anjuan
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Agree that it differs

I agree that it really differs by what your surgeon permits. My surgeon starts people on PT at 3 weeks out. But also, when you get to that point listen to your body and it will tell you how far to push it.

Lakeside
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Had no PT after fusion

...as NS wanted to let things alone (I had 2 priors, total of 3 spinal surgeries in 12 months) But WALKING...yes, they had me up & outta bed w/in 24 hrs, walking (well, more like shuffling then collapsing...)

At 3 months out, after only walking, NS approved VERY GENTLE small strecthing, but nothing else.

And now at almost a year, he still says "No formal PT"..just be let comfort be your guide & GO SLOW.

Key to good fusion, at first, is being "still"...muscles will hurt/cramp drive you nuts, but that can wait...just listen to your doc, WALK and if you do get an RX for PT, don't be shy about telling them if anything HURTS ...it's not their back, it's YOURS! Listen to your body! There is great wisdom there.

Walk walk walk walk walk...around the house, then CAREFULLY outside, but that's the best thing, as others have said. The other stuff can wait.

Just my 2 cents after 3 procedures...& not wanting any more!

~Lakeside

Mags
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Another Question

Thanks for all the replies. There's a lot of great advice here to consider. My surgeon did tell me if things progressed as he hoped he would send me for PT after my 6 wk visit. I think at that point I will adress the issue and see if more agressive PT is an option for me. I do have another question, though. It is my understanding that fusion can cause the vertebrae above to weaken thereby requiring further surgery. Will the exercise help prevent this or is it somewhat inevitible?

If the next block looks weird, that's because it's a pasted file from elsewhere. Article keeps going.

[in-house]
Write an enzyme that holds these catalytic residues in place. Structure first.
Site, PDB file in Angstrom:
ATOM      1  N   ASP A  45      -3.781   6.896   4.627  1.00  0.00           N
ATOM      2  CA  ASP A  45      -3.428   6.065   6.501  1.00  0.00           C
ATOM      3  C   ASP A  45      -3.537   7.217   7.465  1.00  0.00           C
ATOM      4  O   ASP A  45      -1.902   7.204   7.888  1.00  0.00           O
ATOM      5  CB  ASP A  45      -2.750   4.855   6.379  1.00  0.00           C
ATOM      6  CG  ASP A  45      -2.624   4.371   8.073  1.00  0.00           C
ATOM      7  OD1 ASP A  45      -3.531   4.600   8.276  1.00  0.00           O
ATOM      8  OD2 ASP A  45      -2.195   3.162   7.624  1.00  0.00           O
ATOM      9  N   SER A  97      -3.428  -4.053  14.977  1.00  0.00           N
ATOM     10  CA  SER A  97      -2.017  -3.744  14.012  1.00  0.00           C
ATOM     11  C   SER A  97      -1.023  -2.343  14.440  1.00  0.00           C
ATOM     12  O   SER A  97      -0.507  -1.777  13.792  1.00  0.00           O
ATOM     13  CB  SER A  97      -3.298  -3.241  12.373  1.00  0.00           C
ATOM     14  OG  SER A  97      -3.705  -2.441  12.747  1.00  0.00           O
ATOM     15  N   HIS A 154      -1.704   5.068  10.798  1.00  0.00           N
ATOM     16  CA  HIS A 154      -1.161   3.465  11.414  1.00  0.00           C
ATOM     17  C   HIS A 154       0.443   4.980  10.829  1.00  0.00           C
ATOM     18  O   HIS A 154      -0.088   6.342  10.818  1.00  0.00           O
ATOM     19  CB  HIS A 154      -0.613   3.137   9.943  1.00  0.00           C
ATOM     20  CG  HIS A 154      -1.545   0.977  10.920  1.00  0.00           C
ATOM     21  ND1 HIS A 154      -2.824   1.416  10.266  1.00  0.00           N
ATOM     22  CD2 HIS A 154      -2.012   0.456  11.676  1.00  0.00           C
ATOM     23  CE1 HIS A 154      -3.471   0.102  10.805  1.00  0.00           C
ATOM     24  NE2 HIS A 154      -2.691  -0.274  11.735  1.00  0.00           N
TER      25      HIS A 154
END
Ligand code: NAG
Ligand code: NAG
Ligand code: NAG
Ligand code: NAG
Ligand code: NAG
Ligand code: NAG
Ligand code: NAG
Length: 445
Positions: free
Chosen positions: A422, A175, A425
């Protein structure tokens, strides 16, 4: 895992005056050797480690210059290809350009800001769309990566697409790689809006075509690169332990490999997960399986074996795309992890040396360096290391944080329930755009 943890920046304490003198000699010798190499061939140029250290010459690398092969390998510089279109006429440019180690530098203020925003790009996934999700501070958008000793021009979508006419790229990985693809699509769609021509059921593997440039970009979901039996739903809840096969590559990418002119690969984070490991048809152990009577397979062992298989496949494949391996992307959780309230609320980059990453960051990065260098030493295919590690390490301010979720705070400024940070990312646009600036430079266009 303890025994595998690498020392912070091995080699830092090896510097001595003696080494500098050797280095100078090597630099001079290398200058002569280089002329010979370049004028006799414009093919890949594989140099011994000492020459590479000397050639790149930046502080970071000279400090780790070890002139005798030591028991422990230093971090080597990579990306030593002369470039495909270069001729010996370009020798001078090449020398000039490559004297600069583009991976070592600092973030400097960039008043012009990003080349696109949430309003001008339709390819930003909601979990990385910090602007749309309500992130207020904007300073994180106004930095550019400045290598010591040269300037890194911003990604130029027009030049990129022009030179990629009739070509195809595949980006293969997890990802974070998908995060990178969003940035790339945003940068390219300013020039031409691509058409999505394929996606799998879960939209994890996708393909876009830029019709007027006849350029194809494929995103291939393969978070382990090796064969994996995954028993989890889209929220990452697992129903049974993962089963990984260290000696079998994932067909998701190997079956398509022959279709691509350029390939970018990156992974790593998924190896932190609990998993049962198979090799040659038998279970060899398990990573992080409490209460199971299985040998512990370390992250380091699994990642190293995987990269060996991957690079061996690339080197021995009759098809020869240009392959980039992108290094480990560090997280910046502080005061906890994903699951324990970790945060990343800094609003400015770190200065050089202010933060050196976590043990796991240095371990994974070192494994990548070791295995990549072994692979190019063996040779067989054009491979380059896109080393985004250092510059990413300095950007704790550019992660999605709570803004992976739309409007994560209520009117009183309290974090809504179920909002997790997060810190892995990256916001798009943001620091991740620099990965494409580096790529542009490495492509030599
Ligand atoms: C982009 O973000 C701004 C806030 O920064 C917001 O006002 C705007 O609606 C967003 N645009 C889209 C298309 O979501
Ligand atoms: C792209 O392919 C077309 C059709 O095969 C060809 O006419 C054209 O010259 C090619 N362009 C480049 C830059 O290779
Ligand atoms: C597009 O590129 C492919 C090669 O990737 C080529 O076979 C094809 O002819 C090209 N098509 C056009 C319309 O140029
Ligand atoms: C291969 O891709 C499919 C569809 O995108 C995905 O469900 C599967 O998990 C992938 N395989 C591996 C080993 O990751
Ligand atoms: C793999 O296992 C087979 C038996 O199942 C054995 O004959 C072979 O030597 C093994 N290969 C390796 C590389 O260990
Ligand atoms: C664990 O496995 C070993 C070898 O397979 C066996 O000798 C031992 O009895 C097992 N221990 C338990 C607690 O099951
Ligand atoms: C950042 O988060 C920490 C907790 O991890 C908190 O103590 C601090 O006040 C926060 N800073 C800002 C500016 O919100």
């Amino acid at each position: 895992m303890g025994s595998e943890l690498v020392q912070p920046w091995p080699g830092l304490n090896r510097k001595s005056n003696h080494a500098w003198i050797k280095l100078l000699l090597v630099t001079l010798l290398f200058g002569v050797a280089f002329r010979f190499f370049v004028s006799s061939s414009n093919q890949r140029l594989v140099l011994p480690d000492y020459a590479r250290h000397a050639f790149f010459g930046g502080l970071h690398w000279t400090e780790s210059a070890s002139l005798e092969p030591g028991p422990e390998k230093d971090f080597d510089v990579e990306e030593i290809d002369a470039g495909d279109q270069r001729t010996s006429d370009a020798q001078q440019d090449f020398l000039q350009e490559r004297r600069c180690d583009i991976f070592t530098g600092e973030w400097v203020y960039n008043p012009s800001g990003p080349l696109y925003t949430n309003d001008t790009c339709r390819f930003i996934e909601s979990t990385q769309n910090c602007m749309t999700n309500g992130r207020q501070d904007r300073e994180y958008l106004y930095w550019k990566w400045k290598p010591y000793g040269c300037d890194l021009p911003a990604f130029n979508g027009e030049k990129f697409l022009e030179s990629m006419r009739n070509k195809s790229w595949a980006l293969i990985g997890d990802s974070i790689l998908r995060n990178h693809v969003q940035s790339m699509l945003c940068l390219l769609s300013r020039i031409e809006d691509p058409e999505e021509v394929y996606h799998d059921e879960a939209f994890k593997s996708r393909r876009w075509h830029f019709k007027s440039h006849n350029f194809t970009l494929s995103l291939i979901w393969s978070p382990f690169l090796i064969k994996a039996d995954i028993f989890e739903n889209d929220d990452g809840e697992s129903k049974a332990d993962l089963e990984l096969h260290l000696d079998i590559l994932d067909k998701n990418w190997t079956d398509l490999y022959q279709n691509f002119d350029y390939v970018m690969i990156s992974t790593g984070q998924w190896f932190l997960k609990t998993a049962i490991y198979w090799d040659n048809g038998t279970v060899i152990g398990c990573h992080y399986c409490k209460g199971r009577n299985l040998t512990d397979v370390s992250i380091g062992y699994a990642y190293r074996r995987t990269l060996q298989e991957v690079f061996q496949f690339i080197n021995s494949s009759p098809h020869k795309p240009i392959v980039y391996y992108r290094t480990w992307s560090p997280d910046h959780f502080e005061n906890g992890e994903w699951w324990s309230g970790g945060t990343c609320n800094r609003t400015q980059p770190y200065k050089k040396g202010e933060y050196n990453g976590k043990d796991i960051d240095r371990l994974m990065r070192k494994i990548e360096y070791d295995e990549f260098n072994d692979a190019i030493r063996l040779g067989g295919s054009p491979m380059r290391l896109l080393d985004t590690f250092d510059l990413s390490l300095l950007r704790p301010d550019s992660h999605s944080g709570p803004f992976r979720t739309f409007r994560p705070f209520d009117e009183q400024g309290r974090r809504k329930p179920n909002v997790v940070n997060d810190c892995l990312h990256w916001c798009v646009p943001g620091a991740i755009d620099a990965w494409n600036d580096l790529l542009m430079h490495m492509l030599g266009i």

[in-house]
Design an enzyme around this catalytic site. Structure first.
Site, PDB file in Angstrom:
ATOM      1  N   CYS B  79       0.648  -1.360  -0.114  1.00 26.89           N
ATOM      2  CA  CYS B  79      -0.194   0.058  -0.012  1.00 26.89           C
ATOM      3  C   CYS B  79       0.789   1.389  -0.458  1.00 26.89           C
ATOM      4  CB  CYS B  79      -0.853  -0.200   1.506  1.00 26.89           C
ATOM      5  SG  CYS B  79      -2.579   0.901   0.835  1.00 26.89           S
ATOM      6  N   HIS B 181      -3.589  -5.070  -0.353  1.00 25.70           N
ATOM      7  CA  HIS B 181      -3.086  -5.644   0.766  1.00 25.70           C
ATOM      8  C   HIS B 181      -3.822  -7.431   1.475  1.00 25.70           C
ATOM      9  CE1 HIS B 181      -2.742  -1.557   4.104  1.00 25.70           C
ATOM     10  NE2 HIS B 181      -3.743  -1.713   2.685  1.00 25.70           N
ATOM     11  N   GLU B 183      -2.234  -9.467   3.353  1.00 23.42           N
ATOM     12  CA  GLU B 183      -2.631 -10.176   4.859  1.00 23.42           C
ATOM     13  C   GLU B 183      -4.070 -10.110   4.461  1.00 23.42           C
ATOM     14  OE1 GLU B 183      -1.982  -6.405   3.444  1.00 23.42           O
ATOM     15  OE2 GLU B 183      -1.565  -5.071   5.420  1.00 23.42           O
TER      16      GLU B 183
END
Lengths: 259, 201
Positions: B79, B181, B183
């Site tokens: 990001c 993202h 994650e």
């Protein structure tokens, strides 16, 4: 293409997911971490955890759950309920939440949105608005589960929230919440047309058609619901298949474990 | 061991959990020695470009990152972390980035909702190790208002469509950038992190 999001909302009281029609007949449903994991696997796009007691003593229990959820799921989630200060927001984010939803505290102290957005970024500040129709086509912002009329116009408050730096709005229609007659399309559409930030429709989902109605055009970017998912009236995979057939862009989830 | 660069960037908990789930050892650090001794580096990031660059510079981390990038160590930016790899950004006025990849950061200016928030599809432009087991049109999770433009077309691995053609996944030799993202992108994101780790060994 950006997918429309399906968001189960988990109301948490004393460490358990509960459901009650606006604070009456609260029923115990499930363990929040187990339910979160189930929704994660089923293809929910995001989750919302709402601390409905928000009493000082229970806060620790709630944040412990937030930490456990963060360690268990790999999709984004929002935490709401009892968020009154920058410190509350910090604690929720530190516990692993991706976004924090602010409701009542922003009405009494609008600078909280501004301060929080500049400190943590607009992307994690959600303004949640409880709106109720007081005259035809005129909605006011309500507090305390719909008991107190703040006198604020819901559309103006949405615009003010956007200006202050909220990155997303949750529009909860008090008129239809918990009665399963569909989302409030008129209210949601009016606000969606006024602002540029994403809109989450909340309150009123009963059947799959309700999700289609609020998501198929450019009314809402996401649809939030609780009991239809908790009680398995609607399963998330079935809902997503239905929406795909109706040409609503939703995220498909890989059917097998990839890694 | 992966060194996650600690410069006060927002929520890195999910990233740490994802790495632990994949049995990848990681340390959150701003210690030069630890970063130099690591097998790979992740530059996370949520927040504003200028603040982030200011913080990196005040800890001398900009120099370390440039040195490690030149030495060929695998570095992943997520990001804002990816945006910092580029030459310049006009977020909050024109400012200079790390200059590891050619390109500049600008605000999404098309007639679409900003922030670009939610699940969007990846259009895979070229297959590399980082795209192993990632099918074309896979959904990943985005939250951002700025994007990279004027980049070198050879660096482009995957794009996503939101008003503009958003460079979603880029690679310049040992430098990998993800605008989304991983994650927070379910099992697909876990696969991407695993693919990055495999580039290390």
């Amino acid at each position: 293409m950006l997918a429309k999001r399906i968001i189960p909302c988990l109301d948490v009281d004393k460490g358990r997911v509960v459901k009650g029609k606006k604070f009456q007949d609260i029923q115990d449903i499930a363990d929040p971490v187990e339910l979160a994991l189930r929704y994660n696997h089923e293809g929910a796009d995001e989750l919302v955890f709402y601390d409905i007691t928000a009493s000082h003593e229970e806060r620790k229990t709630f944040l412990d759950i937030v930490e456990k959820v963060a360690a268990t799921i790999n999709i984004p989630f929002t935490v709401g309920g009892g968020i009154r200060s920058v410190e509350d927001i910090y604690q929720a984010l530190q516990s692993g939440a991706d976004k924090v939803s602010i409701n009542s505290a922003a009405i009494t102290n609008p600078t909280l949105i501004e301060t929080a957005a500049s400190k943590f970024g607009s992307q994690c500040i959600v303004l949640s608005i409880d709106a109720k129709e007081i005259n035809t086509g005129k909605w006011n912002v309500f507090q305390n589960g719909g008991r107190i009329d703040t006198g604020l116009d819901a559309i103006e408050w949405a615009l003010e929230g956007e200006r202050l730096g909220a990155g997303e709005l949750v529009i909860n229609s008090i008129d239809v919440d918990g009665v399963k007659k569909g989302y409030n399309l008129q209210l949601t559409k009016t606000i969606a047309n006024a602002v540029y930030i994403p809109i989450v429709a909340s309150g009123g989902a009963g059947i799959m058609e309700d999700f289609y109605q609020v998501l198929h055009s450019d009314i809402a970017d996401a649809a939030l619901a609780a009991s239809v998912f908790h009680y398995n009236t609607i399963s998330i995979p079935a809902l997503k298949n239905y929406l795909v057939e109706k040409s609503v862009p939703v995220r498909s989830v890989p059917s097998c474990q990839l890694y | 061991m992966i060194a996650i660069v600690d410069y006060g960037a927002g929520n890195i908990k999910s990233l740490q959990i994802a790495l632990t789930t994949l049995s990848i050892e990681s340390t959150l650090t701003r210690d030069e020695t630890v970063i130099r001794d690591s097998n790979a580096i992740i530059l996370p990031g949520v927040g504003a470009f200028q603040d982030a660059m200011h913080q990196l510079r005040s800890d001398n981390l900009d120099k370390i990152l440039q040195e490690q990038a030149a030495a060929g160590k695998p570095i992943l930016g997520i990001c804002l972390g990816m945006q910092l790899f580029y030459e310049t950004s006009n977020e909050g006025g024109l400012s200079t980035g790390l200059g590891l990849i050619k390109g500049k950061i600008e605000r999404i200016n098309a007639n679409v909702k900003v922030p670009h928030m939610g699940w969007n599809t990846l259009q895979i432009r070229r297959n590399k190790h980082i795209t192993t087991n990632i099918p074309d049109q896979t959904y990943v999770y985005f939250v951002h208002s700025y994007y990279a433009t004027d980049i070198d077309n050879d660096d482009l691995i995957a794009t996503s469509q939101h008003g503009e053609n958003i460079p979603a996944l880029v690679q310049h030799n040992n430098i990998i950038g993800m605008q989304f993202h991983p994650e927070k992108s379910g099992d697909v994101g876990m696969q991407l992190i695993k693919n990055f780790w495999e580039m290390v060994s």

MarkR
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RE: Another Question

Maggie,

Spinal fusion surgery does make the disc spaces neighboring the fusion site (both above and below) more susceptible to future problems. This happens because the fused area is no longer capable of motion, thereby putting extra force on those neighboring segments.

I know I have disc issues above my fusion site, though they are apparently from nothing more than normal aging. At my last appointment in November, I did ask my surgeon about what I can do to give myself the best chance of never having to go through another fusion surgery.

While he could not give any guarantees, of course, he said to do the following:

1. Continue exercising for the rest of your life - the better shape you are in, the greater chance of avoiding another fusion

2. As part of your exercise routine, do things to strengthen your core.

3. Be extremely careful how you bend over and how you pick up heavy objects. Proper technique is now essential.

4. Maintain proper body weight, and most important, make sure your belly is as slim as possible. The more weight you have in front, the more pressure is put on the spine to support it.

He said, the goal is to make your body as young as possible, delaying the normal aging process.

Mags
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Thanks, Mark

Mark,

Thanks for the info. I do need to lose some weight as it is, but haven't been able to since I've pretty much been bedridden these last few months. Anything "core" is extremely painful. I know what I have to do, though, and I'm ready to do it. I'm strong mentally and have been strong physically before so I can get there. I will follow all the rules now as I don't ever want to experience this again. And I'm certain I haven't experienced the worst of if yet (my surgery is on the 13th)! How likely is it I'll be able to assume more rigorous activities and exercise at least a year later? What about a stationary recumbent bike in addition to walking after surgery?